If you really can’t start your exploration until after a caffeine boost, head to Monmouth on the edge of Borough Market, where you’ll find the best coffee in the city (there’s always a queue, but it’s worth the wait). The benches outside are a suntrap first thing in the morning, and a good place to watch the traders setting up their stalls. If this specific spot looks familiar, it might be because you’ve seen it on the silver screen – blockbusters like Bridget Jones’s Diary, Lock Stock and Two Smoking Barrels and Harry Potter and the Prisoner of Azkaban have all used the surrounding streets to film memorable scenes.
From Monmouth, walk through Borough Market (try to imagine how it would have looked at various points in its 800 year history) past Southwark Cathedral and up onto London Bridge. Look out for London Grind on the left and stop for breakfast. It’s a hip spot with a great signature dish of poached eggs, avocado and chilli.
Head back to the river bank and walk east towards the iconic Tower Bridge (it’s raised once or two a day so you might be lucky and see it in action), enjoying views of the sky-scraping financial district juxtaposed with the 11th-century Tower of London.
Walk across Tower Bridge to the north bank and hop on a Thames Clipper at Tower Pier, making your way towards Westminster. The river is a perfect vantage point to enjoy several of London’s most famous landmarks: Monument, St Pauls’ Cathedral, the Shard, Shakespeare’s Globe, Tate Modern, the South Bank arts complex, the London Eye and finally Westminster Bridge and the Houses of Parliament.
Disembark at Waterloo Pier and get yourself onto the London Eye (you can book in advance to avoid the lines). It’s touristy and a bit crowded, but does provide a truly epic view of the city, especially the Westminster area, and is definitely worth the 30 minutes it takes to do a rotation.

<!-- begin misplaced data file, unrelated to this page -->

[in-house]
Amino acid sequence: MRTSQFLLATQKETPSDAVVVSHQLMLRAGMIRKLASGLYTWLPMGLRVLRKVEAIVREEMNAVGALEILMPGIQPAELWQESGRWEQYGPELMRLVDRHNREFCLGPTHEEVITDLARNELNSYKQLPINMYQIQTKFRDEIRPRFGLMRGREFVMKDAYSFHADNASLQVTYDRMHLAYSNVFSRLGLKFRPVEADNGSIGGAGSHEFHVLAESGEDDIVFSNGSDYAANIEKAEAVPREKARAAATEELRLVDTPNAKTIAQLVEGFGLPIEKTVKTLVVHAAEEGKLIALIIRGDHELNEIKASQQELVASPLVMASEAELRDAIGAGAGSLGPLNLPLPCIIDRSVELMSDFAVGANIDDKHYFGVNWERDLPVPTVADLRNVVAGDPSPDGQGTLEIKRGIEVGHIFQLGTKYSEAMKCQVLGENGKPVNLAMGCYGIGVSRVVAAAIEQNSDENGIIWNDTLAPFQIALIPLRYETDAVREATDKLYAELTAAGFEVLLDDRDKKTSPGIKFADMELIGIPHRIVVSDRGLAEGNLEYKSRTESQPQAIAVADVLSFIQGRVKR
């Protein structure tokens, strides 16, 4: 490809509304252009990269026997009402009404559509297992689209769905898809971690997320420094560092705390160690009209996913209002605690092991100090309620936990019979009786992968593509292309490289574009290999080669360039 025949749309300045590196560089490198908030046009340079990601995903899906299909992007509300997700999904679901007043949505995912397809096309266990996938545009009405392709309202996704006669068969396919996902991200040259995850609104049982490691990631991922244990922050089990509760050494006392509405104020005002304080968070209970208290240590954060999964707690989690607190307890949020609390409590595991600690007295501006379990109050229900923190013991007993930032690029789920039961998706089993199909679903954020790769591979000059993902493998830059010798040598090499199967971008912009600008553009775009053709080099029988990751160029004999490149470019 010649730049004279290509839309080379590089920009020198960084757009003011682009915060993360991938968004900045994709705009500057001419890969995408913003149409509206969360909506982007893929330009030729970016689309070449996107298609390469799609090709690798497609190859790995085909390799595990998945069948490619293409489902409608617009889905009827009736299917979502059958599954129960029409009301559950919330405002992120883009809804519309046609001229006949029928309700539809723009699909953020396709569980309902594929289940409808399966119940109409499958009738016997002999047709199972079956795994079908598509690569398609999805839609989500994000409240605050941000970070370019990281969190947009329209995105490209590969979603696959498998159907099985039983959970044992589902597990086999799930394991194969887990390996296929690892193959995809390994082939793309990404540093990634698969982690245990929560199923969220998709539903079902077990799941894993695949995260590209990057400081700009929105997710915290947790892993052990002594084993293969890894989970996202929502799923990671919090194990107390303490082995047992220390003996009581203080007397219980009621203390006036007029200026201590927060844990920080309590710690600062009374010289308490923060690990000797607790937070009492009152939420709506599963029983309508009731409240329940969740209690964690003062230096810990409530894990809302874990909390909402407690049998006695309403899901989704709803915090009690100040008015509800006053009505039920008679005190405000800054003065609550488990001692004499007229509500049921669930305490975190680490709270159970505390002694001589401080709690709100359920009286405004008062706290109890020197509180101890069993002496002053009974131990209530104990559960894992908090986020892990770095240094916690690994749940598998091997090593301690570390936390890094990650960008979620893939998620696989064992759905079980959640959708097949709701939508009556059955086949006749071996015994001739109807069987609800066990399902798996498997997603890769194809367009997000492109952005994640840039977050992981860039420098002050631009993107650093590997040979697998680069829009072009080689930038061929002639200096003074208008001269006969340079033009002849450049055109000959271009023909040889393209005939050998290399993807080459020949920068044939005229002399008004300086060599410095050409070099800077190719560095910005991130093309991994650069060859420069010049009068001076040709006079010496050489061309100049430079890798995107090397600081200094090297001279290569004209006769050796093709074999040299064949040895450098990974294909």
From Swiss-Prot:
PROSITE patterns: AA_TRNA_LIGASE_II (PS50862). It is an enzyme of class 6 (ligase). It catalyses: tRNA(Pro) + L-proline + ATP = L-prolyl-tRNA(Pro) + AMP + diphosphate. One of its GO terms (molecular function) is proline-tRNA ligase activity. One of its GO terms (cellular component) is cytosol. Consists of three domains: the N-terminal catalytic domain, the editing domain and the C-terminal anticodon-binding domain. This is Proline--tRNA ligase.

Cross over the Thames via Westminster Bridge, admiring Big Ben on the left, then turn right and make your way up Whitehall, past 10 Downing Street, until you reach Trafalgar Square, the closest thing to a centre London has. Dominated by Nelson’s Column, it’s from here that London’s main arteries spread out. The Mall sweeps away to the west to Buckingham Palace; the Strand meanders to the east towards the City; and the National Gallery overlooks the square from the north, with London’s entertainment heart, the West End, behind it.
Head northeast until you reach Covent Garden, where you’ll find street performers in the elegant, though often very busy, piazza and some excellent shopping in the quaint streets and alleys around it, and then slightly north to reach Rock & Sole Plaice, a top spot for a traditional fish and chips lunch.
he British Museum, one of the very best in the world, is a short walk from Covent Garden, and free to enter. Circuit the Great Court, topped by a striking glass canopy, and gaze at the Egyptian mummies, Parthenon Sculptures, Rosetta Stone and other world treasures.
Move south for a pint (you must be thirsty by now) at the Princess Louise, a beautiful ‘boozer’, with original Victorian decor, which frequently appears at the top of lists of great pubs in the capital.
From here, Hyde Park is just a short journey west on the Central Line (get off at Marble Arch or Lancaster Gate), with Kensington Gardens bordering its western edge. There isn’t a bad time to visit: in spring, the daffodils are magical; in summer, you can laze about in the wide open parts, or take a boat out on the Serpentine; in autumn, you can marvel at the colours; in winter you can find utter tranquillity, even if it is chilly.
A classic way to spend an evening in London is drinks, dinner and a show, and for this happy trio, you’ll want to head to the West End, also known as Theatreland.